Having a conversation with Ron Jeremy is a trip. It's not just because at 53 years, 200-plus pounds and seriously hairy, he's the world's most famous porn star. Or because in the last 30-odd years, he's appeared in more than 1,700 adult films and slept with-combining his film shoots and his personal life-something like 4,000 women. Seriously.
No, it's because Ron Jeremy, just kicking off a tour for his autobiography, Ron Jeremy: The Hardest (Working) Man in Showbiz, doesn't have much of a raunch filter. His life in porn is so intertwined with everything else that he'll talk about his mother's Parkinson's disease before segueing into the delicacies of anal sex.
But that is the charm, if you will, of Ron Jeremy. He's a nice guy, reasonably well-spoken, fairly sensitive and brimming with stories about his life inside the industry and out. His book is breezy-some of it good, some of it bad, plenty of it ugly-but like the man himself, it's generally affable and funny. And it's all in Jeremy's un-raunch-filtered voice, from his introduction to porn to his master's degree in special education, from films made with John Wayne Bobbitt and Divine Brown to his classical piano skills and his brown belt in karate.
Jeremy has some history with San Diego: He was arrested here, for pandering, while shooting a movie back in the '80s. Still, the easy-going Hedgehog (the origins of that nickname are found in the book) doesn't bear a grudge. "You got a great city!" he says. "In fact, the police were usually pretty nice. But it was creative expansion of the law, which was mostly written to protect escorts from being beaten up by their pimps. Prostitution was a night in jail and a slap on the wrist. The pimp gets three years per count. But there was a lady DA down there in San Diego who was so out to get me. There were 10 girls on my shoot, so she wanted to give me 30 years in jail." Before his case went to trial, the California Supreme Court ruled that making pornography is not prostitution, nullifying the charges.
Though he has made inroads into the mainstream world, appearing in the film The Boondock Saints and on VH1's The Surreal Life, Jeremy, who still shoots porn films, has made the bulk of his money in his 30-year career in the adult-movie business. Jeremy has formal acting training and always planned to move from porn to mainstream films.
"I got into the business feeling like an actor. There was no DVD, no VHS, no computers, no herpes, no HIV. It was a fun business. You'd work on a movie for 10 days. You'd get up in the morning, memorize your lines, fly all over the world for shoots. There was real dialogue."
But he's not sure if he would go the same route today. "It isn't the same thing by a long shot. I would probably have a hard time justifying it as an acting performance. You walk on the set and your dialogue is like, "Hi honey. Here's a cup of coffee. Eat this.' Cut, great scene, great dialogue, what a great actor. But the girls I fuck are better looking now. Look at the old movies and look at the girls of today. They're absolutely breathtaking. And the sex is probably better."
At the same time, the multibillion-dollar adult industry is more mainstream than ever before, and Jeremy says that "college students are my main demographic." But would he point them to the business? "There are a lot of good reasons and a lot of bad reasons to get into porn. The bad reasons can have horrifying consequences. Bad reasons being rebellion from the family, piss off your dad, nothing else is working in my life, maybe I'll try this. Those are all bad reasons. Now, if you want to get into the business because you want mainstream acting work, well, it could be a stepping stone, but it also limits you. You're not going to get a job with Disney. But you gain notoriety, and some young filmmakers like that. Look, I wouldn't necessarily say that I'm a role model, but after having done it myself, I couldn't very well say that this isn't for you, walk away, don't do it. Hopefully you'll do it for the right reasons, and sock some good money in the bank."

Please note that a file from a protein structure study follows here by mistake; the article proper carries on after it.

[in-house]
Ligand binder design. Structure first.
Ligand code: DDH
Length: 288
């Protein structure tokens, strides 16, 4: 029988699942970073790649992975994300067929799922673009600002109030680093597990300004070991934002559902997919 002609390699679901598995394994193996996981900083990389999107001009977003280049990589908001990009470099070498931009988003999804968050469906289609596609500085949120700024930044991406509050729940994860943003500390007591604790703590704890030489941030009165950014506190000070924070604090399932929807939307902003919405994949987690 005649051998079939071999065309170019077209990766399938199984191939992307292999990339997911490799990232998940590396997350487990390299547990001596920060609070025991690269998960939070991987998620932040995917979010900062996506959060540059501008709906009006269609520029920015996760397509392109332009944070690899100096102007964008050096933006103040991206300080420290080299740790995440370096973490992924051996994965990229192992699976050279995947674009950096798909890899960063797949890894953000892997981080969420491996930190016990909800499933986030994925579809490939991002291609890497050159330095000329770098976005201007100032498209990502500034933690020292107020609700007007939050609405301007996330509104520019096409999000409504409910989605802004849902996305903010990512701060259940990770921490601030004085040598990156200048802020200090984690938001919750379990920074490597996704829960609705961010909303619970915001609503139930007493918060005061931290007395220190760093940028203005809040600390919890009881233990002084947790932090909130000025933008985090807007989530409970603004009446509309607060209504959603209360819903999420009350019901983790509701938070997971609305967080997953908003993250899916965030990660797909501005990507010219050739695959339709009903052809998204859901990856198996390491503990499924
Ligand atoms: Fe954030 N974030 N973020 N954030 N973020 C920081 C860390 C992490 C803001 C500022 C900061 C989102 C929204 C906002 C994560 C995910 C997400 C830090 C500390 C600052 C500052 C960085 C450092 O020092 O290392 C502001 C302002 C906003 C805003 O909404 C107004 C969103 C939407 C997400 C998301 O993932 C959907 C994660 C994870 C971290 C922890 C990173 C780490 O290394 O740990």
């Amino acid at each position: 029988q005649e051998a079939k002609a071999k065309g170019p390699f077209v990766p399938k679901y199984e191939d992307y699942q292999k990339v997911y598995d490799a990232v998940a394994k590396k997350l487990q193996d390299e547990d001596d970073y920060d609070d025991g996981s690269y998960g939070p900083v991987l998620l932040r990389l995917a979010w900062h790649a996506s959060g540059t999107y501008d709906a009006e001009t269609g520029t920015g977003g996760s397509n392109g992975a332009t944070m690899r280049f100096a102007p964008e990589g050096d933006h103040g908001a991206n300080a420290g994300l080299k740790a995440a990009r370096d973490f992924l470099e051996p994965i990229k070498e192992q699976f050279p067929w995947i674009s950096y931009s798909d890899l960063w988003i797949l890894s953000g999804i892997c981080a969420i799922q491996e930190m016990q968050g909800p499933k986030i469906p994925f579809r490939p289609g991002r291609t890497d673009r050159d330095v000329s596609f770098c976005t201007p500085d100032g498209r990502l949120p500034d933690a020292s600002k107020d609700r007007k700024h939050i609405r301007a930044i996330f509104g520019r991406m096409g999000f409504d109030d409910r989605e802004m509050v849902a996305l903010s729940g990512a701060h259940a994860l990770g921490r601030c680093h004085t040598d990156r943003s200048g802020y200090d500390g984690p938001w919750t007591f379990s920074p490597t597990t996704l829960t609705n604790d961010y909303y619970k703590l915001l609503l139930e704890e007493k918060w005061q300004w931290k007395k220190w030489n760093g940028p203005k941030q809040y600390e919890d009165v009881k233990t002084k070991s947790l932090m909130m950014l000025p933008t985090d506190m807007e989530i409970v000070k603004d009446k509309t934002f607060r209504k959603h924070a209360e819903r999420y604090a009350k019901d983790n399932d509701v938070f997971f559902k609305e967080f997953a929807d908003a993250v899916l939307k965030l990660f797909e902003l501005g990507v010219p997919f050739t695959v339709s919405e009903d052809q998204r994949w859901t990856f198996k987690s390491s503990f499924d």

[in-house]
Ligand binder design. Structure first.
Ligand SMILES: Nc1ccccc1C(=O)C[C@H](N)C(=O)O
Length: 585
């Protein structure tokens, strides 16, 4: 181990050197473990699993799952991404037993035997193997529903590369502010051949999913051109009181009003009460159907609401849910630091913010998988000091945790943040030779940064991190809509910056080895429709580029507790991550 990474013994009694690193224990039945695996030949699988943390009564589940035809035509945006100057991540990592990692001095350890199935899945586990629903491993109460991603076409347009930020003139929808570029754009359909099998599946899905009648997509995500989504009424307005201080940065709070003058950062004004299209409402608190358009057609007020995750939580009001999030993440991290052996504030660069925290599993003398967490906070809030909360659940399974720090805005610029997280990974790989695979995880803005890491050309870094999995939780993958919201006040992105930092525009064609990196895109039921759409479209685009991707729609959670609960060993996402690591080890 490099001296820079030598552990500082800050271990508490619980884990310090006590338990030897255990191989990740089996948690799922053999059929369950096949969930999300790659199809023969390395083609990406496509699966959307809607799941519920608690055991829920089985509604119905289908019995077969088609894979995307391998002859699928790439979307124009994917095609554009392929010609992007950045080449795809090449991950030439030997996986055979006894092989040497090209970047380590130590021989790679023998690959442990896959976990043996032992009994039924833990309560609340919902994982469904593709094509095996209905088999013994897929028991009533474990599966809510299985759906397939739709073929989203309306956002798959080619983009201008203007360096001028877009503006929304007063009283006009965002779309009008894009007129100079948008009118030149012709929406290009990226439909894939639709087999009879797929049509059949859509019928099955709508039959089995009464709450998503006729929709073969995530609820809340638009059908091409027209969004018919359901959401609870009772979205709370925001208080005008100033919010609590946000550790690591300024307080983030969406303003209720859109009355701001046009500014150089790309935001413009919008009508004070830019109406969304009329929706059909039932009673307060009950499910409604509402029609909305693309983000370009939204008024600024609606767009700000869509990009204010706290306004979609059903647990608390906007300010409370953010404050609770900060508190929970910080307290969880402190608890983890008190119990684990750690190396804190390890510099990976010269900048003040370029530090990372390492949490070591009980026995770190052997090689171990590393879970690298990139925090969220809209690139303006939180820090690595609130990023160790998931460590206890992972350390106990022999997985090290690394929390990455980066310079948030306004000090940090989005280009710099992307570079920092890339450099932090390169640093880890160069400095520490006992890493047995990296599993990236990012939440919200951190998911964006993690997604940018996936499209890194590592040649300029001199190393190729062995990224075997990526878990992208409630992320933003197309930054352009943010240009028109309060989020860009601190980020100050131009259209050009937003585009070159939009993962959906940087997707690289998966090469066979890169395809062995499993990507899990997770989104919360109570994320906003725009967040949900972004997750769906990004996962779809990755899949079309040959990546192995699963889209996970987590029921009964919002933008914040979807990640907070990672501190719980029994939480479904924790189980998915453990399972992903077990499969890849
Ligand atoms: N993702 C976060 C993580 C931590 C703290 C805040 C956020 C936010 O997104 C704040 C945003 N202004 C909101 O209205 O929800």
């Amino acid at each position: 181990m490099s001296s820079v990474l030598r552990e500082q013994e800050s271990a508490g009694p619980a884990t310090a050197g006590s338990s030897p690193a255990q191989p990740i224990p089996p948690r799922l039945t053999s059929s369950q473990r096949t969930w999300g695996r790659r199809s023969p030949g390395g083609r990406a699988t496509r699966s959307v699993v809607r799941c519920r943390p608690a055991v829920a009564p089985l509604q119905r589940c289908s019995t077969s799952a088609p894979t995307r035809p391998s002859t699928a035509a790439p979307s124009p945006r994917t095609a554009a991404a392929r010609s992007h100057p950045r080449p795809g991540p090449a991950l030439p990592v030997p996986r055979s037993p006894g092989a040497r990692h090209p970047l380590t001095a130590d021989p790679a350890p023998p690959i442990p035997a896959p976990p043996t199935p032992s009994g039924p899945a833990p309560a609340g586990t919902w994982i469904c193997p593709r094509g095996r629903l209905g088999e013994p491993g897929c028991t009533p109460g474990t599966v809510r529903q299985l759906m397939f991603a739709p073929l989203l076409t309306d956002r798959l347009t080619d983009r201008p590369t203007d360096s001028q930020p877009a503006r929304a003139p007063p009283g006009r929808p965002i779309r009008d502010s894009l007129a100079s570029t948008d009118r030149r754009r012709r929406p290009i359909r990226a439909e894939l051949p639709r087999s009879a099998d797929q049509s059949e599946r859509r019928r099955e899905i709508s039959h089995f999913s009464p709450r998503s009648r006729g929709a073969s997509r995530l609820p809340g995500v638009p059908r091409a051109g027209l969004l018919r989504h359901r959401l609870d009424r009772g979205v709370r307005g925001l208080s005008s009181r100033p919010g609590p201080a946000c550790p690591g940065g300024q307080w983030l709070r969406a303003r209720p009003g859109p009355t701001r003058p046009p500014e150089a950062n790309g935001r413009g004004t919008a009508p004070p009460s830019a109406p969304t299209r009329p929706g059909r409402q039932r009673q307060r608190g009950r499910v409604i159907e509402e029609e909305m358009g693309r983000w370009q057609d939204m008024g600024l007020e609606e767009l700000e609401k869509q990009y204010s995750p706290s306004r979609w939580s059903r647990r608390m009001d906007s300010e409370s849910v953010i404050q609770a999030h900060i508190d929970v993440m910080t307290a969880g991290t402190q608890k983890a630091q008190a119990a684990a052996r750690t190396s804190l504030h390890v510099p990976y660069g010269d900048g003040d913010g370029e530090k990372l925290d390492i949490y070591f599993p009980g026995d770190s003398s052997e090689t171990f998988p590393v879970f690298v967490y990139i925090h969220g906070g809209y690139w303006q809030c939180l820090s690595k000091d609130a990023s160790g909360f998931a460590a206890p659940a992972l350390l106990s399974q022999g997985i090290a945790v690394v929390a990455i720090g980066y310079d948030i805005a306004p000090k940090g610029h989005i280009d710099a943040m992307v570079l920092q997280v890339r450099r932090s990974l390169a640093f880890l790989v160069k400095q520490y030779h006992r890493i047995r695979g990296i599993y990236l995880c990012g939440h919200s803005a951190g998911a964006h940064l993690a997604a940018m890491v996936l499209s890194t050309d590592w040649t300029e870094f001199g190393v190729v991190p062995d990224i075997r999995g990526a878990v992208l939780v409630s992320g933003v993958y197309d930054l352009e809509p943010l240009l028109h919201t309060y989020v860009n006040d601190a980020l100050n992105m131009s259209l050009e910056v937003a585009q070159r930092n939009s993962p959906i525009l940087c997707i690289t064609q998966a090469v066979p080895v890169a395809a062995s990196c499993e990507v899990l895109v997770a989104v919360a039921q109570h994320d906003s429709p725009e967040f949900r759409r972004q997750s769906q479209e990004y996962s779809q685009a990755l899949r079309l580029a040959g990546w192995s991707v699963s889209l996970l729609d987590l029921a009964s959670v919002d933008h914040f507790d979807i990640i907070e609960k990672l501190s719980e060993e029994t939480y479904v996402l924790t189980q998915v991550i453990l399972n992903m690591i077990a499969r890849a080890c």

As for Jeremy, if he could make it as a mainstream actor, he'd walk away. "I would not do porn, no," he says. "Why would I? I love porn, but if I could make a better career move, go on to bigger and better, why would I want to go backwards?"
Uncle Ronny's rules for romance
Ron Jeremy's line of work has gotten him girls on a number of occasions. But what about when he's off-duty? In the spirit of Valentine's Day, the most famous porn star in the world offers some advice for the fellas.
Finding a date
"Best place to meet women? A discothèque. I'll tell you why: Anywhere else, a Laundromat, shopping, it's socially unacceptable to approach a girl and start talking to her. She could say, "Get lost, asshole' or "I've got a boyfriend' or "Who the hell are you?' But at a disco, there's an unwritten rule that you have the right to approach a girl and ask her to dance. You're allowed to break the ice. She can just smile and say yes or no. If you ask enough girls, one of them is going to say yes. It may be the ruthless, toothless one, but who cares. Someone will say yes. Buy her a drink, give her a kiss goodbye, tell her you'd like to go out with her sometime."
"Be a perfect gentleman; bring the girl flowers. As corny as it sounds, girls still like flowers. Forget the candy-everyone's on a diet now, and they'll kill you for the chocolate. And look, girls love being taken out for candlelight dinners. Maybe a little dancing, if there's a place there. Perfectly romantic. So, dinner, maybe a little dancing, you take her home, and maybe you'll get a nice big sexy kiss outside the door."
If You Get Lucky...
"If you do get friendly, if you do actually get to have sex, you follow the guidelines set by my old friend Sam Kinison: Lick the alphabet. That way you know exactly what you're supposed to do."